International Chamber of Shipping calls for vaccine priority for seafarers
The International Chamber of Shipping calls on governments to place seafarers and shore-based frontline staff at the forefront of the vaccine queue and to appoint seafarers as key workers in order to avoid repeating the difficulties faced by seafarers.
ICS demands that governments, which are once again limiting travel in response to new COVID-19 mutations, understand the critical role played by seafarers in the global supply chain.
The union stresses the importance of safe seafarers in preserving essential goods supplied by nations, including medical supplies such as syringes and personal protective equipment (PPE).
“The benefits of vaccinating those responsible for transporting the vaccine and PPE around the world should be obvious. Governments must class seafarers as key workers and give them priority access to the vaccine. If we want to maintain global trade, seafarers must not be put to the back of the vaccine queue. Governments will not be able to inject their citizens without the shipping industry or, most importantly, our seafarers," says Guy Platten, Secretary General of the ICS.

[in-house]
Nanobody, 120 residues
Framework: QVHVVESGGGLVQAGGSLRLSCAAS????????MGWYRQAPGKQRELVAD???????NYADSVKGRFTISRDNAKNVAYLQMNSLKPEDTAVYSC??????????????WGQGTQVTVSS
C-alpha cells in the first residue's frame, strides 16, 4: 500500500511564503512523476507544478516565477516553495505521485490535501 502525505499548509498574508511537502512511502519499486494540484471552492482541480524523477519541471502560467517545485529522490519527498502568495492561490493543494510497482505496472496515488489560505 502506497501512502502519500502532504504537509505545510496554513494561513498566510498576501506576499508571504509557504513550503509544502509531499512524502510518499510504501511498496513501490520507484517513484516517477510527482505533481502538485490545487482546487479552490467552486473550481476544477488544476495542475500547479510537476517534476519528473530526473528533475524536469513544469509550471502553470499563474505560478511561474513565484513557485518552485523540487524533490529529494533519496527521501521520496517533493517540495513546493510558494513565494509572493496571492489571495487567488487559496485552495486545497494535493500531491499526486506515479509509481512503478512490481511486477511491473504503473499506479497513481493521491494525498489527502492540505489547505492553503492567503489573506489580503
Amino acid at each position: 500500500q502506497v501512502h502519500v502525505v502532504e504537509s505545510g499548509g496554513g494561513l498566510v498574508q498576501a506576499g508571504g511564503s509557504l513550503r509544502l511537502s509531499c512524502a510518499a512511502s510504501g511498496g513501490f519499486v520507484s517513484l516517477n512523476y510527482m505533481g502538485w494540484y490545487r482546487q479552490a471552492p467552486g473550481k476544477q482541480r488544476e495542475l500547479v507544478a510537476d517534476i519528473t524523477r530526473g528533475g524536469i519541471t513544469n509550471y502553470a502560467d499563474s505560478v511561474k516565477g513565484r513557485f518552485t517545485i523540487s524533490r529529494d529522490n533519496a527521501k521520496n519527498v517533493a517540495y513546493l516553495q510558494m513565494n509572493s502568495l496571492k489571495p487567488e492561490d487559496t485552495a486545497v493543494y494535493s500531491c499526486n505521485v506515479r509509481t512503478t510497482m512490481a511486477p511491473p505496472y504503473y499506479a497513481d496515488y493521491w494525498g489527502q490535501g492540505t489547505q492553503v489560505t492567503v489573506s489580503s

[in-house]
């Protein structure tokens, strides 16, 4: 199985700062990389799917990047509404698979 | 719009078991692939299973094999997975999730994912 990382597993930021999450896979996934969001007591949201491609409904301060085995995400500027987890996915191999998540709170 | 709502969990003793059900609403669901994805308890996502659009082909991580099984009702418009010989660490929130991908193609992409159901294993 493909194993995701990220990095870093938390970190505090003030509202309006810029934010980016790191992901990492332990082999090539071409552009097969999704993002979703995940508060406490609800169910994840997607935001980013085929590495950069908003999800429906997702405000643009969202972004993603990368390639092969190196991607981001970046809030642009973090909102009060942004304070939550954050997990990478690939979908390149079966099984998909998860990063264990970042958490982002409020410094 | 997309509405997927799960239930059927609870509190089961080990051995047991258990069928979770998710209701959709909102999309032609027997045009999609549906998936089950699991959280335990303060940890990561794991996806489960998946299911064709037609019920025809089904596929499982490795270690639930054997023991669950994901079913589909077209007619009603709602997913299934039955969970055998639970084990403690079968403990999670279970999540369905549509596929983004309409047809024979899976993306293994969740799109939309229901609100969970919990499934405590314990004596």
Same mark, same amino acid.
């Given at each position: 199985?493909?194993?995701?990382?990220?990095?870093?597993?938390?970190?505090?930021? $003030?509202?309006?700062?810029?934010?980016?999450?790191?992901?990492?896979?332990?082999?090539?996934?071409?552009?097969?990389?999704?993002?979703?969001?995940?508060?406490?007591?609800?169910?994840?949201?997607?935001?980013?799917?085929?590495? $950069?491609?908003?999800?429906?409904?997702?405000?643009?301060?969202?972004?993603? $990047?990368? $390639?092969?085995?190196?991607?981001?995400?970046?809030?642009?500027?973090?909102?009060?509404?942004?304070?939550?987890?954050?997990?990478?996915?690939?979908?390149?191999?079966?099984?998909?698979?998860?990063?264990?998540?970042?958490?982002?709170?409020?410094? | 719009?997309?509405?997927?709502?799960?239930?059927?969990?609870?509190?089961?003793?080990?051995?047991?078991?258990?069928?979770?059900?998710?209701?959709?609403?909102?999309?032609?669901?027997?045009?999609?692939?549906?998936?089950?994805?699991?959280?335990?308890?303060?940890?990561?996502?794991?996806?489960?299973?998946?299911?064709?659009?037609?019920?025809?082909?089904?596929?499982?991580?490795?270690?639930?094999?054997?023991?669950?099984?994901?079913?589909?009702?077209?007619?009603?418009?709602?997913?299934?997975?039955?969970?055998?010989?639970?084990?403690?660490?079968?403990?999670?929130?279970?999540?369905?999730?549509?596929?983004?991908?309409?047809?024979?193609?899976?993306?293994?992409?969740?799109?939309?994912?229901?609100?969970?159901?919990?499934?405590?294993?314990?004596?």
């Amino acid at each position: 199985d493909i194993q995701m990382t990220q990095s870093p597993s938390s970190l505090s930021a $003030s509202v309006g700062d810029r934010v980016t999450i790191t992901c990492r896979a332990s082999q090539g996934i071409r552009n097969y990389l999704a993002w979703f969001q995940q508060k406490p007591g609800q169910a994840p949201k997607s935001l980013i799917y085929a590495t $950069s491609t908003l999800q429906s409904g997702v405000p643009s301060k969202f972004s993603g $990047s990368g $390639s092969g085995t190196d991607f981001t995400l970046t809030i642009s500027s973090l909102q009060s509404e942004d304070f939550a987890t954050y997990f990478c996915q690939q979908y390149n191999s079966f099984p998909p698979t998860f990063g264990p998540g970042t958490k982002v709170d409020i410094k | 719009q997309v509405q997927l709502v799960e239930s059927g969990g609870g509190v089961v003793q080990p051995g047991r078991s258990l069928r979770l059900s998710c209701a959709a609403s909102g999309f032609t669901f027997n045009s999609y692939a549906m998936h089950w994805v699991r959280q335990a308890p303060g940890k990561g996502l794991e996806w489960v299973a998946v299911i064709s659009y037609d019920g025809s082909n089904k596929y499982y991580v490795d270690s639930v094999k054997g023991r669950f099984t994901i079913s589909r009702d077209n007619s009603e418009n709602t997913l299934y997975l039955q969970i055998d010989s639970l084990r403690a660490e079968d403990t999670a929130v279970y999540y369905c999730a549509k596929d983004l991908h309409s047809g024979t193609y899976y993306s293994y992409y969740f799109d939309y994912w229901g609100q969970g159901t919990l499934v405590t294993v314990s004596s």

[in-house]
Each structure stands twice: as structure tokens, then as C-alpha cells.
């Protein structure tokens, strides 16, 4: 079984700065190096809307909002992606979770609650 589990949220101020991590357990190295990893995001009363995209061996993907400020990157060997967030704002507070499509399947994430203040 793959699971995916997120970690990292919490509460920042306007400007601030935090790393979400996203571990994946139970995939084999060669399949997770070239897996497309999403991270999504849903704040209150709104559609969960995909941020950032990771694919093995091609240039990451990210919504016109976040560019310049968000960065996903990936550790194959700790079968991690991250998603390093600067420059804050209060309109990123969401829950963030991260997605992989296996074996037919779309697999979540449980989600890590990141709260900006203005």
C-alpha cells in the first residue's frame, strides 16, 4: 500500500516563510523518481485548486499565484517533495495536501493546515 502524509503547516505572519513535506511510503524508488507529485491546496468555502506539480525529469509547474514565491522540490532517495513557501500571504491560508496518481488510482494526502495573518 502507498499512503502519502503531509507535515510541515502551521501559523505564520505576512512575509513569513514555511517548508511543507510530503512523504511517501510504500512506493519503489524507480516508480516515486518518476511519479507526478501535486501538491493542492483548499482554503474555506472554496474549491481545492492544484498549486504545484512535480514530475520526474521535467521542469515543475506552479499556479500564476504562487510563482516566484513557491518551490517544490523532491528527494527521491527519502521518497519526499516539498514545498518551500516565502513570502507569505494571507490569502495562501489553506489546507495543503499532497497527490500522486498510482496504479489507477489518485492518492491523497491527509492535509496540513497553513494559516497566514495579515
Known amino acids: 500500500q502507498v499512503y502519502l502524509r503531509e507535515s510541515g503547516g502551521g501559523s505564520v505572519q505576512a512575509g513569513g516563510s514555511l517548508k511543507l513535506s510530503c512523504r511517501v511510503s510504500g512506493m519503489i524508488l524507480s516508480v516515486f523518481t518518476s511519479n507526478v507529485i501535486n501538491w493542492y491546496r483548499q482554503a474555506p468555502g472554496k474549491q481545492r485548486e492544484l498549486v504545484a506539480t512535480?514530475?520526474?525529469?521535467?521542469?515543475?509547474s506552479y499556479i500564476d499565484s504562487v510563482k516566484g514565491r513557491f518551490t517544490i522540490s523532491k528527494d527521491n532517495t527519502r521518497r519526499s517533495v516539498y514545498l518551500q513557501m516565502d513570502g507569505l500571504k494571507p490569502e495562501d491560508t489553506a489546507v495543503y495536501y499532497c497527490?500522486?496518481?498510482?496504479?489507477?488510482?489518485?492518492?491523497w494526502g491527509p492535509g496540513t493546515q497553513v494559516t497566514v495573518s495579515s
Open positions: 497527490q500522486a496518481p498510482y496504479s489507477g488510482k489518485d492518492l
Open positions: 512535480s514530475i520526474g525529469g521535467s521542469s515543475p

The ICS emphasized that unique conditions for vaccinating seafarers are illustrated by the act of shipping. The typical ship, according to the ICS, has a mix of at least three nationalities on board, and sometimes up to thirty. This, they argue, contradicts the right to immunise by ethnicity, which is the current vaccine delivery model.
For the maintenance of global trade, priority access to vaccines for all seafarers, and consistent 'vaccine passport' protocols in line with World Health Organization (WHO) recommendations, are seen as important.
Maritime Business World